Fifteen years ago, Barbur was established by a group of young artists, fresh graduates from Jerusalem’s Bezalel Academy of Art and Design, who sought to continue their lives in the city rather than migrate to Tel Aviv and its art market. Barbur was conceived as a non-profit gallery where programming would be liberated from commercial constraints. A place that would serve a community of creative workers from across disciplines.
At the time, no comparable venue existed in Jerusalem. Supported by the neighborhood administration center (a local community center) in Nachlaot, the group was allotted space by the municipality – a ramshackle shed in an alley by Jerusalem’s main market, which was then being used for storage by the city’s maintenance department.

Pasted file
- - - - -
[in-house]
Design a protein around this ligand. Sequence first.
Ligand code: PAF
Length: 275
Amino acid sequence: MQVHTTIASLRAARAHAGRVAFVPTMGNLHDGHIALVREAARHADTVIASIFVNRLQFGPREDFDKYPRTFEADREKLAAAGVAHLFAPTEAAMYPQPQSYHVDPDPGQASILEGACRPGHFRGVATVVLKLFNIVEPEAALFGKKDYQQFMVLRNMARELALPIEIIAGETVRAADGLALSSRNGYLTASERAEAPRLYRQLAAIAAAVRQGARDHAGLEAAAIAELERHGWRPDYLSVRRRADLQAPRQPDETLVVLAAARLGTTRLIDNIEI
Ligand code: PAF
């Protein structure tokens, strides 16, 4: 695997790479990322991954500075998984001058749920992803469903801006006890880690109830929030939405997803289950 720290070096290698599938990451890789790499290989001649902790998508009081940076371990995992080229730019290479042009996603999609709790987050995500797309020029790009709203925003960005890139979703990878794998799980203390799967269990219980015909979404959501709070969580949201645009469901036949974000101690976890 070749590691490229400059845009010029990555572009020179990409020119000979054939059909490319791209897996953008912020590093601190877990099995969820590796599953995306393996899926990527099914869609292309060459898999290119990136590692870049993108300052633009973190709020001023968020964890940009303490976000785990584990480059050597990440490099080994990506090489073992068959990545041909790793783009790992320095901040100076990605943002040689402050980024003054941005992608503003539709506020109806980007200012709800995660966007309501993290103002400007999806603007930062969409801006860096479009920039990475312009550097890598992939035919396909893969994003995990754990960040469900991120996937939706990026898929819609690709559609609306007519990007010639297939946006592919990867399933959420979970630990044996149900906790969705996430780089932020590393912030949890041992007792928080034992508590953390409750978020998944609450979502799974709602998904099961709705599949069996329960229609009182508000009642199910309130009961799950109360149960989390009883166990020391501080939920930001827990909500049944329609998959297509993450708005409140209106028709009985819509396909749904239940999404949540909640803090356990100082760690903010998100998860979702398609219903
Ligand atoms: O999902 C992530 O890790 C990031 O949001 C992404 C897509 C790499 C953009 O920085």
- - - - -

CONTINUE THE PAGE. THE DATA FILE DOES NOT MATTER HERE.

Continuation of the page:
Nachlaot is one of Jerusalem’s most picturesque neighborhoods – a tangled web of small alleys, arches and wells adjacent to the Mahane Yehuda Market, beloved by both residents and visitors. Famous for its multitude of small synagogues, it is a perennial favorite of university students, and holds a celebrated place in the cultural history of Jerusalem. Many diverse communities call Nachlaot home, and it has for the past decades bound together students and seniors, families from a range of backgrounds, market workers from East Jerusalem, lost tourists in need of a toilet, people who are devoutly religious and devoutly secular, migrant workers from across the world, asylum seekers, new immigrants, and more.